Friday, March 28, 2014

Why I Walk...

Walk to Defeat ALS 2013
I'm participating in the Walk to Defeat ALS on April 12th and I would really appreciate your support!  Your tax deductible donation can easily be made by clicking on one of the two Walk to Defeat ALS links on the right column of this blog today. 
One of the Walk slogans is "Why do we walk?" and my reasons are many yet can be summed up with "I am walking because ALS sucks and no one else, no other family, should ever have to suffer with it.  We need a world without ALS!"  

In the past year, ALS has taken its toll and a lot has changed for me.  On March 10, 2013 I wrote a post about some of the ways having ALS had allowed me to feel a new sense of freedom.  A year later, having ALS feels like being in a bad horror movie that only gets worse.

• Last March I was able to use sign language to communicate with my family and much of my community.  Today I cannot sign at all or move any of my fingers individually (which also makes typing very difficult) and I have lost almost all ability to communicate.

• Last March I was still able to drive safely with no issues or concerns.  Today I have a hard time just getting in and out of the car, I cannot open a car door from the inside or out, and I cannot buckle or unbuckle my own seat belt.

• Last March I enjoyed eating out and was still able to eat a pretty wide range of foods, even foods new to me like sushi.  Today I do not like to eat in public or even at home with anyone other than my husband and son there.  The foods I can eat now are much more limited and the act of getting food to my mouth is exhausting because of the extreme weakness in my hands, wrists, and arms.

• Last March I was still living independently with the abilities to cook, do most household chores, go places on my own including shopping, sign classes, the pottery studio, movies, the beach, walks with my dog, etc.  Today I cannot get farther than my driveway on my own.  I cannot get around in the world on my own because I cannot move my manual wheelchair on my own.  I cannot walk much or with any feeling of security...and I cannot communicate.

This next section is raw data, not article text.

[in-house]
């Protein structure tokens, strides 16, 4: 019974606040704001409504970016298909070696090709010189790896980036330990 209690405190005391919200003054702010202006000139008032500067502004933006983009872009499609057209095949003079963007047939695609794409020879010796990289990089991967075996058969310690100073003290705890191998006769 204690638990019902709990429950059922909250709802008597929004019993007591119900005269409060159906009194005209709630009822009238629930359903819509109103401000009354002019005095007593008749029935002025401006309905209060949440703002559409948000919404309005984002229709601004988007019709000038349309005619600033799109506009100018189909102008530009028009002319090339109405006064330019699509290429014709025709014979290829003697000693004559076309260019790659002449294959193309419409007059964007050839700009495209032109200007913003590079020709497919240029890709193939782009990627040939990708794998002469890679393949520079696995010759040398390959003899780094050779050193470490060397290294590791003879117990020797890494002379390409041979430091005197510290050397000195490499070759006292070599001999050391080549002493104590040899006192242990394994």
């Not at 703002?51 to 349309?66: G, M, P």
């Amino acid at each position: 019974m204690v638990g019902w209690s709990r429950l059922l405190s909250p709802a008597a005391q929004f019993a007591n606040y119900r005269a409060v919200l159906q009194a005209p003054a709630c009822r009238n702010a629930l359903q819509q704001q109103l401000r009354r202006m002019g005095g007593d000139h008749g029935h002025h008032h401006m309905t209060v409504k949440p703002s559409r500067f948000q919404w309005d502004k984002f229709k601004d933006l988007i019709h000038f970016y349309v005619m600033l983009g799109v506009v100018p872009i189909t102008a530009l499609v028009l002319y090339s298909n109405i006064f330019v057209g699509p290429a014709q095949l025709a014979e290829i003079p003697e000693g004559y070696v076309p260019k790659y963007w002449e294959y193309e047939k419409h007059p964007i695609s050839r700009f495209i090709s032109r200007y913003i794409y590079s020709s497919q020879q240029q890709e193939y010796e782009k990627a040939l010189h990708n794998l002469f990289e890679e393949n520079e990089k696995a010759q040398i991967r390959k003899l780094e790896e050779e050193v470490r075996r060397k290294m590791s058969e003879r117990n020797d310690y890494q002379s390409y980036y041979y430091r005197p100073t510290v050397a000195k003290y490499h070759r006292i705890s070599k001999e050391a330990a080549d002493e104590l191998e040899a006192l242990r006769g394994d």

• Last March I was able to walk up and down stairs which allowed me to walk up to Las Olas Massage and Wellness on the second floor for weekly massages that helped with my muscle pain. Today I can barely make it up or down a single step and I can no longer reach the massage center. Luckily, Crystal visits my home every other week to massage my arms and neck which is such an amazing gift!

• Last March I weighed about 155-160 lbs.  Today I weigh 117 lbs and barely recognize myself.

• Last March I could shower on my own, shave my own legs, dress myself, and I could make my own schedule.  Today I cannot do any of these things on my own and, therefore, I must follow the schedule of others.

• Last March I was able to adjust to the changes ALS was causing in me and I found ways to compensate so that I could still feel mostly like a version of myself, the me living with the challenges of ALS.  Today, I cannot do most of the things I like or want to do and because ALS has taken so much from me, my family is suffering too, unable to live their best lives. Though he does a noble job of it, my husband was not cut out to be a stay-at-home 24/7 caregiver...and I am not cut out to be dependent or to need this level of care.

These are some of the realities, for me, of having ALS.  This is why I am walking and why I am asking for your support.  You can make a donation today by clicking on one of the two Walk to Defeat ALS links on the right column of this blog, no amount is too small or too large.  Together we can help find a cure and rid the world of ALS!


  1. Chrystie/Sam. your story resonates so very much with me. I was diagnosed with ALS July 31, 2013, and at this point am still somewhat independent. It's hard to read your thoughts as your independence has lessened, but know that you are not alone, and that I can understand all you are facing as I too face it. As a friend with advanced ALS says, "head up and heart strong."

    1. Thank you, Pam, and may your independence continue for a long time! Keep smiling when you can :)